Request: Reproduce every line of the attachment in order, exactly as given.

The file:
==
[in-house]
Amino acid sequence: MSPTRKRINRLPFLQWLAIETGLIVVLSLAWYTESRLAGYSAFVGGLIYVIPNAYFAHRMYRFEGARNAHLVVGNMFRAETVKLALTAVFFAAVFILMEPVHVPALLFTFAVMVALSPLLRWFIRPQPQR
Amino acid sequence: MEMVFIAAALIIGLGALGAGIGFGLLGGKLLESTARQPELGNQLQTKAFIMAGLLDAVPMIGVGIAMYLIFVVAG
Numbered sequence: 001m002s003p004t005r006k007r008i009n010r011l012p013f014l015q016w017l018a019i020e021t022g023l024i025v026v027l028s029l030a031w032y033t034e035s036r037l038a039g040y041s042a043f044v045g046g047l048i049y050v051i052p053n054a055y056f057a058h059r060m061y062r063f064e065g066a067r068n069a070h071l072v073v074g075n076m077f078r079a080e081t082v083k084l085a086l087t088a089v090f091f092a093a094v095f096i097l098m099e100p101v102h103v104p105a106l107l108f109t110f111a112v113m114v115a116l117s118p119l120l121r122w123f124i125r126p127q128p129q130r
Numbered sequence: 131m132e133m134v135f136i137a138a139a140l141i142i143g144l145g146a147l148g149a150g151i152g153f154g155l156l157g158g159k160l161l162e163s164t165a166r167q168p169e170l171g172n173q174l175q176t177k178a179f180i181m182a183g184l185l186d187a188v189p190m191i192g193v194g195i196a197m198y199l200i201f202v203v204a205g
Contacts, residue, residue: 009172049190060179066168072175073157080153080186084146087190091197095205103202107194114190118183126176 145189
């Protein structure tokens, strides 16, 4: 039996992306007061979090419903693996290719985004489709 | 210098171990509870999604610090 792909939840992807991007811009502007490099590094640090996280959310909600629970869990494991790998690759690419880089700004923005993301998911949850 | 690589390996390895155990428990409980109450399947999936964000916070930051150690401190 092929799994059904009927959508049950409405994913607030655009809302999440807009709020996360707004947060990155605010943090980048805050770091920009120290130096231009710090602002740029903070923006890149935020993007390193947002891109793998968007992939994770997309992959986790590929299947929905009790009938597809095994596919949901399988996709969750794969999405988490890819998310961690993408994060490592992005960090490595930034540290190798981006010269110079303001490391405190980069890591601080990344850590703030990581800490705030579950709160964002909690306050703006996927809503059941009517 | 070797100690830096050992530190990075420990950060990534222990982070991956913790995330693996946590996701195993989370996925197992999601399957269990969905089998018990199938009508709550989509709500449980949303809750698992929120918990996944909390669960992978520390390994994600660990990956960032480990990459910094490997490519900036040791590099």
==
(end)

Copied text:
[in-house]
Amino acid sequence: MSPTRKRINRLPFLQWLAIETGLIVVLSLAWYTESRLAGYSAFVGGLIYVIPNAYFAHRMYRFEGARNAHLVVGNMFRAETVKLALTAVFFAAVFILMEPVHVPALLFTFAVMVALSPLLRWFIRPQPQR
Amino acid sequence: MEMVFIAAALIIGLGALGAGIGFGLLGGKLLESTARQPELGNQLQTKAFIMAGLLDAVPMIGVGIAMYLIFVVAG
Numbered sequence: 001m002s003p004t005r006k007r008i009n010r011l012p013f014l015q016w017l018a019i020e021t022g023l024i025v026v027l028s029l030a031w032y033t034e035s036r037l038a039g040y041s042a043f044v045g046g047l048i049y050v051i052p053n054a055y056f057a058h059r060m061y062r063f064e065g066a067r068n069a070h071l072v073v074g075n076m077f078r079a080e081t082v083k084l085a086l087t088a089v090f091f092a093a094v095f096i097l098m099e100p101v102h103v104p105a106l107l108f109t110f111a112v113m114v115a116l117s118p119l120l121r122w123f124i125r126p127q128p129q130r
Numbered sequence: 131m132e133m134v135f136i137a138a139a140l141i142i143g144l145g146a147l148g149a150g151i152g153f154g155l156l157g158g159k160l161l162e163s164t165a166r167q168p169e170l171g172n173q174l175q176t177k178a179f180i181m182a183g184l185l186d187a188v189p190m191i192g193v194g195i196a197m198y199l200i201f202v203v204a205g
Contacts, residue, residue: 009172049190060179066168072175073157080153080186084146087190091197095205103202107194114190118183126176 145189
């Protein structure tokens, strides 16, 4: 039996992306007061979090419903693996290719985004489709 | 210098171990509870999604610090 792909939840992807991007811009502007490099590094640090996280959310909600629970869990494991790998690759690419880089700004923005993301998911949850 | 690589390996390895155990428990409980109450399947999936964000916070930051150690401190 092929799994059904009927959508049950409405994913607030655009809302999440807009709020996360707004947060990155605010943090980048805050770091920009120290130096231009710090602002740029903070923006890149935020993007390193947002891109793998968007992939994770997309992959986790590929299947929905009790009938597809095994596919949901399988996709969750794969999405988490890819998310961690993408994060490592992005960090490595930034540290190798981006010269110079303001490391405190980069890591601080990344850590703030990581800490705030579950709160964002909690306050703006996927809503059941009517 | 070797100690830096050992530190990075420990950060990534222990982070991956913790995330693996946590996701195993989370996925197992999601399957269990969905089998018990199938009508709550989509709500449980949303809750698992929120918990996944909390669960992978520390390994994600660990990956960032480990990459910094490997490519900036040791590099």